My adventure with a French socialist and cave art.
Best Day Ever
By Keri L. Allen
In the summer of 2001, I had the privilege of going to France to study French in a study abroad program. In general, it was a great trip, but one day stands out as my best day ever.
We students had one free weekend in the six weeks we were in France, so I decided to go see the caves at Lascaux. In the Dordogne region of France, cave paintings estimated to be 17,000 years old had been discovered in 1940 by an 18 year old kid and his dog. Since then, the caves at Lascaux have become a World Heritage Site. Being an anthropology major at my undergraduate institution, I couldn't pass up the chance to see something our ancestors created long before written history, agriculture or animal domestication. So, on Saturday, I and a couple of other students, took a train to the small town of Sarlat, a tiny French hamlet with the most medieval buildings and facades in all of Europe. We found a Chambre-De (a French bed and breakfast) that cost each of us about $15 U.S. for the night. We walked around the market in the middle of town and ended up at an outdoor restaurant called Le President, eating a seven course meal that cost me about $100 U.S. Along a medieval fade grew bright fuchsia bougainvillea that seemed to grow brighter as the sun set while enjoying our meal. The wine flowed, along with the laughter, as we ate the best food of our lives.
We returned to the Chambre-De and discovered that our mullioned windows opened outward overlooking a courtyard. We could smell the honeysuckle growing on the wall outside the window as the breeze wafted through the open window. Our room was in a castle turret, so it was round. Dark, hardwood floors, plastered walls with exposed brick, and a large fireplace set the mood for the evening. I had the best sleep of my life that night.
We awoke the next morning to a bright, sunny day, maybe 75-80 degrees, and not a cloud in the azure sky. After a quick breakfast in the tiny dining room, my friend Laura and I were off to find a bus to Lascaux. What we didn't know was that in this tiny hamlet, and throughout this region, buses do not run on Sundays. Not to worry, we thought, we'll just take a cab. The pricey fare would be worth the experience of Lascaux at the end of it. However, when we phoned from a local pay phone, all the taxi companies hung up on us because our French was so bad. We were in a quandary as to what to do. There was no train service to Lascaux from Sarlat. Despairing that my dream to see Lascaux wouldn't come true, I was about to give up when a middle-aged man with a scruffy beard, fly-away rather long brown hair, and clothes that hadn't seen a washing machine in a while, wandered over. I had noticed him selling paintings out of his beater car, a sad little Deux Chevaux with more rust than paint so that I couldn't tell what color it originally was, while singing and playing the guitar. But, he had been paying attention. I was feeling wary about this man sauntering up to us.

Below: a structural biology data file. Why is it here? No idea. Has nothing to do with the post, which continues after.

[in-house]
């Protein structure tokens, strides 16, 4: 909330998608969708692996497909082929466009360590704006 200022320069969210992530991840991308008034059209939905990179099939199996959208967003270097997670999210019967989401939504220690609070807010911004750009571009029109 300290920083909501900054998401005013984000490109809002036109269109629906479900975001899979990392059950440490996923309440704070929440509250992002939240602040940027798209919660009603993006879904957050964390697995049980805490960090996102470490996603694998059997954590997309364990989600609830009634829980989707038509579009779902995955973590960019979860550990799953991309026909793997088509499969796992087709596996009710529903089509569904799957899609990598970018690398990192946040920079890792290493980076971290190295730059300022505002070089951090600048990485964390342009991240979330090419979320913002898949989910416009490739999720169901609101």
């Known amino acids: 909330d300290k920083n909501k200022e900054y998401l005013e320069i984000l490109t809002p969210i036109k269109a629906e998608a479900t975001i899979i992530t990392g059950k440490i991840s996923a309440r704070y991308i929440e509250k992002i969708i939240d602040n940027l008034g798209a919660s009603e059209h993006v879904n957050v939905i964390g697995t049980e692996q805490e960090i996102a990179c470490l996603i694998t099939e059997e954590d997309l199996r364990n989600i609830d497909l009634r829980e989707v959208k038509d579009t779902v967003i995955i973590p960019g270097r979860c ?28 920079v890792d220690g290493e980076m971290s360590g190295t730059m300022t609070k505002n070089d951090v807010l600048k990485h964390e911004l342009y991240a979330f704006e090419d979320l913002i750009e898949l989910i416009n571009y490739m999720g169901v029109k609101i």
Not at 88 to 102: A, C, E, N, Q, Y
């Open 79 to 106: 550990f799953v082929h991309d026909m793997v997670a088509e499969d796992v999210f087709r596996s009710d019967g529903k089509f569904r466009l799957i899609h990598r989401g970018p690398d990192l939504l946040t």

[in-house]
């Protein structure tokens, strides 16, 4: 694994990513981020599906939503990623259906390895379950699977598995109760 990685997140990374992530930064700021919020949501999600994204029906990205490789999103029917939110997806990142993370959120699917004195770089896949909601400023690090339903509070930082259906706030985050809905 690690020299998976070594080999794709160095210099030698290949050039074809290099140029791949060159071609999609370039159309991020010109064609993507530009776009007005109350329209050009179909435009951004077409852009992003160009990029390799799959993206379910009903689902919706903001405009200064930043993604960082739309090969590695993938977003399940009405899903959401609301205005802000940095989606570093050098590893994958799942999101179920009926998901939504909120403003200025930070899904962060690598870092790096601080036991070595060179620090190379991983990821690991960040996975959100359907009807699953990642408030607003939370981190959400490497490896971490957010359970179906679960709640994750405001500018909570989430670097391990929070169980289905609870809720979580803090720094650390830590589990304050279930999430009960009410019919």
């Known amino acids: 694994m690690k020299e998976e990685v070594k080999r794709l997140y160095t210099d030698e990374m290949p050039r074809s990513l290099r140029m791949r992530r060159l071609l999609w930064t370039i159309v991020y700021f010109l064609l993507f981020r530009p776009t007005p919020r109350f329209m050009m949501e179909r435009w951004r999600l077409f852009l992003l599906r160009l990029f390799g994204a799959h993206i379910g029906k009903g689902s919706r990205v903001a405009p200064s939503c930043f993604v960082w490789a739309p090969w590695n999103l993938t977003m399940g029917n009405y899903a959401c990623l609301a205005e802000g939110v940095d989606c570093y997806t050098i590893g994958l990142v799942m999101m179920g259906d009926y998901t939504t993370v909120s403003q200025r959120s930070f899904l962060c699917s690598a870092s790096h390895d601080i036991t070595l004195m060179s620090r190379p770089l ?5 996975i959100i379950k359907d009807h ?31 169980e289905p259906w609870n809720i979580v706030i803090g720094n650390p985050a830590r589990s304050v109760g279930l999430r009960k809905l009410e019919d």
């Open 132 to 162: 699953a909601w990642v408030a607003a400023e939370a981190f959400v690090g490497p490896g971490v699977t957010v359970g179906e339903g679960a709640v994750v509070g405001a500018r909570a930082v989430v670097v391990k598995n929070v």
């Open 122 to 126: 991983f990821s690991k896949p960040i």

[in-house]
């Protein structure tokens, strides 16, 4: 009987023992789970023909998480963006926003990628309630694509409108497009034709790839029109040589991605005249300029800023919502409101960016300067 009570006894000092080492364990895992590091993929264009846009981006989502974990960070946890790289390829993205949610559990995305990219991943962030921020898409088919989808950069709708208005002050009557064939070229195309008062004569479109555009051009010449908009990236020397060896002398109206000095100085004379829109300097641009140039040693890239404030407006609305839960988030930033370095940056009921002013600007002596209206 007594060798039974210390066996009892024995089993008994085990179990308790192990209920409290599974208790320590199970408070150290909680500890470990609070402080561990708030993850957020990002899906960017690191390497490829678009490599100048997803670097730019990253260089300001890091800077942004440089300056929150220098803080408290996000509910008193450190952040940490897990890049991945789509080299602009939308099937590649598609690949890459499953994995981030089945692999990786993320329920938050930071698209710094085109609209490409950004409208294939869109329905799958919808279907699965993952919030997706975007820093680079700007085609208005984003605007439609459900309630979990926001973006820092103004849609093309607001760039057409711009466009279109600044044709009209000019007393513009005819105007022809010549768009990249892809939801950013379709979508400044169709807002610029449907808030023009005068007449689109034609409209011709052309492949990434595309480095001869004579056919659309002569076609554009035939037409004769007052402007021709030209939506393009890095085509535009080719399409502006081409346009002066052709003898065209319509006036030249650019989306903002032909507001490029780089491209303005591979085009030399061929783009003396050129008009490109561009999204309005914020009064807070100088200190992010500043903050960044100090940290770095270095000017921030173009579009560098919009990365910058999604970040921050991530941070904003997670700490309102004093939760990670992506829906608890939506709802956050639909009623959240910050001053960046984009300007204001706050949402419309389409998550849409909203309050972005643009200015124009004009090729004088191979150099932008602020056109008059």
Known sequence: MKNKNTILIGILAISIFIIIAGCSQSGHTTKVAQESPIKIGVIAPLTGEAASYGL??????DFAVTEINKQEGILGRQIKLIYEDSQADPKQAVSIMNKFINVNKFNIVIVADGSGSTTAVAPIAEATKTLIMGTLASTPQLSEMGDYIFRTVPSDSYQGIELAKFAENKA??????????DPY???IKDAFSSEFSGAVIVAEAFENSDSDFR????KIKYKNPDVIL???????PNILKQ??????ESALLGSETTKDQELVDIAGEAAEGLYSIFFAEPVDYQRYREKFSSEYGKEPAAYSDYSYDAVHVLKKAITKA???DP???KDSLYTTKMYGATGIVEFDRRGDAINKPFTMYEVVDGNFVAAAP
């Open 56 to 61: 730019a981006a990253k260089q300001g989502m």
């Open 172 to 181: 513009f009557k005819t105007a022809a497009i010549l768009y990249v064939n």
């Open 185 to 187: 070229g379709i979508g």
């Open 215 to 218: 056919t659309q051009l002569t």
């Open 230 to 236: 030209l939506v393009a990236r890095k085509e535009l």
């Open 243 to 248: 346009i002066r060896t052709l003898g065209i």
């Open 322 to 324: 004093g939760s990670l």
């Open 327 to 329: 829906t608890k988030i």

He introduced himself as Francis Jemais, his English quite good. He had overheard our dilemma and offered us a ride to wherever we wanted to go for 100 francs (about $15 U.S.). While his appearance was definitely an homage to hoboes, he had a kind smile and seemed quite friendly. After talking it over, my friend and I decided to take him up on his offer. He packed up his guitar and stowed the paintings in the trunk of his car. We were off. Laura sat in the backseat amongst a heap of sleeping bags, pillows and assorted junk. I sat in the front with Francis, noticing a rather large hole in the floorboard on my side, rust coloring the edges. I handed him the 100 francs, and he drove to the nearest petrol station, putting about three liters of gas in his car. He ambled to the small store next door and returned with a bottle of red wine. I'm assuming he pocketed the rest of the money, were there any left. After opening the bottle of wine with his handy corkscrew stowed in the overflowing ashtray, instead of drinking straight from the bottle, he poured himself a cupful into a cut off beer can. He didn't offer me or Laura any of the wine. Thus began our journey to Lascaux.
As he sped off onto the winding mountainous road, driving rather fast, I wondered what I had just gotten myself into. But, being the chatterbox that I am, having rarely met a stranger, Francis, Laura and I were soon talking like old friends. As our hair whipped around us wildly from the open car windows, I hardly noticed that he said the word "fuck," or some iteration of it, at least three times per sentence. He had fucking lived in Britain for ten years (that's why his English was so good). Mostly he couch-surfed at friends houses or slept in his car. He was a free-spirit. The paintings he sold out of his car were actually painted by a friend of his. The guitar, on the other hand, belonged to Francis.